BY CHRISTOPHER HARRIS
An emergency Waverley Council meeting on Sunday ended with a man declaring “this is the start of a war on the Liberals,” as Council sat to speak on a report about the merger proposal between Waverley, Woollahra and Randwick councils.
Dominic Wy Kanak said he positioned himself between the man, who looked to be in his 60s, and the Liberal Councillors his attack was directed at, fearing it could turn physical.
The council meeting related to a council report into the submissions to the local government delegate.
The finer points on the future amalgamated council, such as how many wards, and how many councillors they would contain were discussed.
A motion to allow residents to vote in a local referendum on the issue was denied.
Two councillors were unable to attend, because they were out of Sydney that weekend.
Greens councillor Dominic Wy Kanak was unsure as to why there was an emergency meeting on a Sunday. “People get suspicious because it is less community consultation.”
A Waverley Council spokesperson told City Hub that the extra meeting was called because the council’s report proposing key elements of its submission were not ready.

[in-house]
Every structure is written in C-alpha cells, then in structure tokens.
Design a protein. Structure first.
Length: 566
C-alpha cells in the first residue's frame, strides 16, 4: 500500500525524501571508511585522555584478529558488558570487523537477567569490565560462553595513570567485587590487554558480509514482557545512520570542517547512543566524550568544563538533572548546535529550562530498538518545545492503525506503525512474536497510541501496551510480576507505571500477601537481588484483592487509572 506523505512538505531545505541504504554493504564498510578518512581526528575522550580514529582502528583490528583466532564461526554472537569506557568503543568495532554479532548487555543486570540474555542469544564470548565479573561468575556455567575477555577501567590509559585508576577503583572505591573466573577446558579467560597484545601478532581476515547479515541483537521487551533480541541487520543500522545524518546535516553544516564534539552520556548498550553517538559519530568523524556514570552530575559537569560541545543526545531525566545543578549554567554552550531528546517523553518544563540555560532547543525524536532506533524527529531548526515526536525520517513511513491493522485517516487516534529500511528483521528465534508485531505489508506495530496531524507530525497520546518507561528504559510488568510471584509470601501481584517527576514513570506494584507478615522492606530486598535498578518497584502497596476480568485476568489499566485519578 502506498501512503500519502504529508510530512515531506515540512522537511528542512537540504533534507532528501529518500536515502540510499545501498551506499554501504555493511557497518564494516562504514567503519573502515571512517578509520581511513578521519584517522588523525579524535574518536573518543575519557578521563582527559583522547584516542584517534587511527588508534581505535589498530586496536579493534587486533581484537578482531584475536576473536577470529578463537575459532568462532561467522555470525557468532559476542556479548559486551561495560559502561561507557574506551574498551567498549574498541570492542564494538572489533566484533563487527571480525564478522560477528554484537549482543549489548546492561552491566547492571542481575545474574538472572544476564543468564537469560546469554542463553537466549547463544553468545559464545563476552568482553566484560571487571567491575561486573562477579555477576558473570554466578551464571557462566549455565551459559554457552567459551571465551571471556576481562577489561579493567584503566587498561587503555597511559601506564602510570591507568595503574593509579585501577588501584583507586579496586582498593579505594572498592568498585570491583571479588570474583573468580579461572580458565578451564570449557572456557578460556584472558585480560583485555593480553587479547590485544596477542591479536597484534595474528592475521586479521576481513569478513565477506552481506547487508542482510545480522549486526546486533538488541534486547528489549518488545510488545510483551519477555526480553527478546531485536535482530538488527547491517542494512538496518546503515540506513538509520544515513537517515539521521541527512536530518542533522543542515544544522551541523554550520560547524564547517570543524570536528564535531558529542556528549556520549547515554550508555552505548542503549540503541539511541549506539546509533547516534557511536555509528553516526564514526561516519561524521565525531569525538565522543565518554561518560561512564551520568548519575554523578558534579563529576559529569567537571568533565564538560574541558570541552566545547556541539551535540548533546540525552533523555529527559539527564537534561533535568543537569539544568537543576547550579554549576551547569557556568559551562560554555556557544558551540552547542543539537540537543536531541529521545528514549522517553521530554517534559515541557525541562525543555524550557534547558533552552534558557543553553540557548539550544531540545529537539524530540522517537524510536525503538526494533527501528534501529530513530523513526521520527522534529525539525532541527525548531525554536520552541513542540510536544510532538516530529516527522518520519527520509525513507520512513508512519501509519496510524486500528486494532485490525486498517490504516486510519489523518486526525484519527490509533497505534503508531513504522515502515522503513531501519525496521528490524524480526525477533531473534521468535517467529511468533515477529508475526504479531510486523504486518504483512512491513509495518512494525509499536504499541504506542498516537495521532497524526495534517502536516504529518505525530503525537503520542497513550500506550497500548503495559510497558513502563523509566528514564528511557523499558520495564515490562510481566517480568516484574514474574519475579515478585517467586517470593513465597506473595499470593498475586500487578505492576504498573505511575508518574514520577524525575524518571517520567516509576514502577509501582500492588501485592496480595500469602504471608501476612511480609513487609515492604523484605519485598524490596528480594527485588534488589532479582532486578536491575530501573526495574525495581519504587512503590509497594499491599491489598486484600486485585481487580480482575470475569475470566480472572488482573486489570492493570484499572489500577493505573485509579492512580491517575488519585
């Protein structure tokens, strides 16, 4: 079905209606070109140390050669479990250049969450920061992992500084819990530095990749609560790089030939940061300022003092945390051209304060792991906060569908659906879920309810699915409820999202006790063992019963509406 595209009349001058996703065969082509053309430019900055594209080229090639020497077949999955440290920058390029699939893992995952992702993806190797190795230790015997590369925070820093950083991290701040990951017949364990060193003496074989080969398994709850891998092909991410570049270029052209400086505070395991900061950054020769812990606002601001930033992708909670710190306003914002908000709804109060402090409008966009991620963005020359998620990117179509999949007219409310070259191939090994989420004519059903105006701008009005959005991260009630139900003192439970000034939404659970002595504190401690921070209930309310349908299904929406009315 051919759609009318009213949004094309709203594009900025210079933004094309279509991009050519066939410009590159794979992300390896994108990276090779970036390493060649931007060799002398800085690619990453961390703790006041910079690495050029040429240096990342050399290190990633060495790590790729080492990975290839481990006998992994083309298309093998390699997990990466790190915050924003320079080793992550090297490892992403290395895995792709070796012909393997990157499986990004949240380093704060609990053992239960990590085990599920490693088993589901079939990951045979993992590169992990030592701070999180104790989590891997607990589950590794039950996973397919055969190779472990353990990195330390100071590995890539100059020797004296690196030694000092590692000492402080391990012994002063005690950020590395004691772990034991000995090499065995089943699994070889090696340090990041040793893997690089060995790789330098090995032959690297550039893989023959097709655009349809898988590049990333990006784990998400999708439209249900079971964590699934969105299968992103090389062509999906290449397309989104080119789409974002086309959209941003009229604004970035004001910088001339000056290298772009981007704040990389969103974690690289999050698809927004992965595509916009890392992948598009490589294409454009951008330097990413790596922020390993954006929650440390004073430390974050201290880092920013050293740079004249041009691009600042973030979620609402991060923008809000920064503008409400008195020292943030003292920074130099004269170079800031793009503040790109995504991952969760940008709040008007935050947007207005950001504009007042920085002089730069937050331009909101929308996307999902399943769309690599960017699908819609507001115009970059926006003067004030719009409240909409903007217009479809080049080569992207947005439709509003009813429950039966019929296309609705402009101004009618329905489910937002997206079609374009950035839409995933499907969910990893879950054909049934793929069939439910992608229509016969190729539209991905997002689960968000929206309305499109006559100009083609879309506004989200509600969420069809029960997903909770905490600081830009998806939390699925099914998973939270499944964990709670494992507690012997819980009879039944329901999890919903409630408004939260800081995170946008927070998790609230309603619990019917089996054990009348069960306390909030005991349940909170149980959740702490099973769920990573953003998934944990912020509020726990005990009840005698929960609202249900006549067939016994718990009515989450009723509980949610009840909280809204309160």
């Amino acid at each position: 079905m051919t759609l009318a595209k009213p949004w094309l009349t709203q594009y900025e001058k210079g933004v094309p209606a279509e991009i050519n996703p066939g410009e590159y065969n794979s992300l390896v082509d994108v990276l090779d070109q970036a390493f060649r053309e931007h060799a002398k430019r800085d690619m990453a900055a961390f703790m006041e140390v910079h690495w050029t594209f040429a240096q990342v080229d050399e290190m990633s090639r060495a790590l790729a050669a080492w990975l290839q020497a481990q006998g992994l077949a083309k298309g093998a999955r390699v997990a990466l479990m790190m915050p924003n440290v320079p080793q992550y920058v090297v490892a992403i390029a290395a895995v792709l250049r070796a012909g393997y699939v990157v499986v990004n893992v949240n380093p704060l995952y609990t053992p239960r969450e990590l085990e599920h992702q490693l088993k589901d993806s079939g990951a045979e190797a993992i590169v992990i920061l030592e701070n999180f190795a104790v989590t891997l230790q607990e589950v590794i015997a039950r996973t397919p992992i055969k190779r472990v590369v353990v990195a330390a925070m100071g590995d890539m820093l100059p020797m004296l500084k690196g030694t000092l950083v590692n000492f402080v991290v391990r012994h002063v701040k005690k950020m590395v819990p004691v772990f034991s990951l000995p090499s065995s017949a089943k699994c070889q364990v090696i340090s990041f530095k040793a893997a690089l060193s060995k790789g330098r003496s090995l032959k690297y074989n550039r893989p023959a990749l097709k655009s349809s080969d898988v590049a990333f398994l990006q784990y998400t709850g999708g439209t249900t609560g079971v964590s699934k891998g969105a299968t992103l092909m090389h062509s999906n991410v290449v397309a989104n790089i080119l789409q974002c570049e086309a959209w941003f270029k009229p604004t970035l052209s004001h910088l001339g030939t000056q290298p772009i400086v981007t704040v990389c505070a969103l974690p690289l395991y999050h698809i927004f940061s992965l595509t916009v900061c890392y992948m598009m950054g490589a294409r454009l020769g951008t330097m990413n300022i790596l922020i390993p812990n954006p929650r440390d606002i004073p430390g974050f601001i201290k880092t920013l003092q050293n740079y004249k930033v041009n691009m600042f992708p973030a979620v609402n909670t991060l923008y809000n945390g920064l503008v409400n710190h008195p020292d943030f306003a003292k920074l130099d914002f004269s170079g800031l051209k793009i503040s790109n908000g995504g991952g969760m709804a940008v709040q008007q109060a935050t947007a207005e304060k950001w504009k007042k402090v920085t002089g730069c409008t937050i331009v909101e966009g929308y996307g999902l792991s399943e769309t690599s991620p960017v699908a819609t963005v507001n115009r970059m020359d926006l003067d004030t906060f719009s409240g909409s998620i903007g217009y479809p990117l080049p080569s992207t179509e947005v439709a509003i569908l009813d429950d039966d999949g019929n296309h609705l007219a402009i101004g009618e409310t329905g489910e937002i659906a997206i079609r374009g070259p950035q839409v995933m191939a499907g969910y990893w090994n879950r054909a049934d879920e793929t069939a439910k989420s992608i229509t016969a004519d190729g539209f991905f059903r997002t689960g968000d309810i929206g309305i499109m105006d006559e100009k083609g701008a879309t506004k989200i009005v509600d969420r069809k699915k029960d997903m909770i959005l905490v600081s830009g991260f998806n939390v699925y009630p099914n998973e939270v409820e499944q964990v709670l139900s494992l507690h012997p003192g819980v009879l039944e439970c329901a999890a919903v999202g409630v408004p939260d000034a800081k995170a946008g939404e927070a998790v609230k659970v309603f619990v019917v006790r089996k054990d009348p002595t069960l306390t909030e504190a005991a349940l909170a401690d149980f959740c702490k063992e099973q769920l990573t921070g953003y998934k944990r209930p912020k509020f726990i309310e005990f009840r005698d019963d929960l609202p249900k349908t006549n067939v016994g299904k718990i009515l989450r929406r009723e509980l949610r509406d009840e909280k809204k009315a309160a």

“The State Government Council Boundary Review has a strict deadline for submissions of 28 February. Unfortunately the Waverley Council officer report proposing the key elements of the submission was not ready for the ordinary Council meeting on 16 February. Consequently the General Manager requested the Mayor to call an extraordinary meeting for 21 February. The meeting was scheduled so that Council could indicate its directions for the submission, and then the submission could be finalised in time for the 28 February deadline,” the spokesperson said.
One of the subjects debated was whether or not the community should have a referendum on the issue. Greens Councillor Wy Kanak advocated for a referendum, but it was rejected by Liberal Councillors, who are the majority in the council.
A Waverley Spokesperson told City Hub that a “statistically valid” community survey which consisted of a telephone survey for residents and businesses, as well as an online and a paper survey for residents had been conducted.
Some also questions the nature of the question itself.
A Waverley Council spokesperson said that various merger options were put to residents, who were asked if they were in favour or against.
Greens Councillor Wy Kanak said there was disappointment in the local community with Mayor Betts.
He told City Hub “the interpretation put on the analysis was skewed toward a pro amalgamation.”
“Some of the submissions question the analysis of the survey results, to justify saying the residents are behind the amalgamations,” he said.
“People who identified as previous Liberal voters, are reconsidering voting that way in the next election. Those things are a symptom of the anger and disappointment in the community. They are abusing that power to abuse the history of a local council.”
Waverley Council has been in existance for over one hundred and fifty years.
Discontented residents were in the public gallery, which Mayor Betts threatened to clear if they could not keep quiet.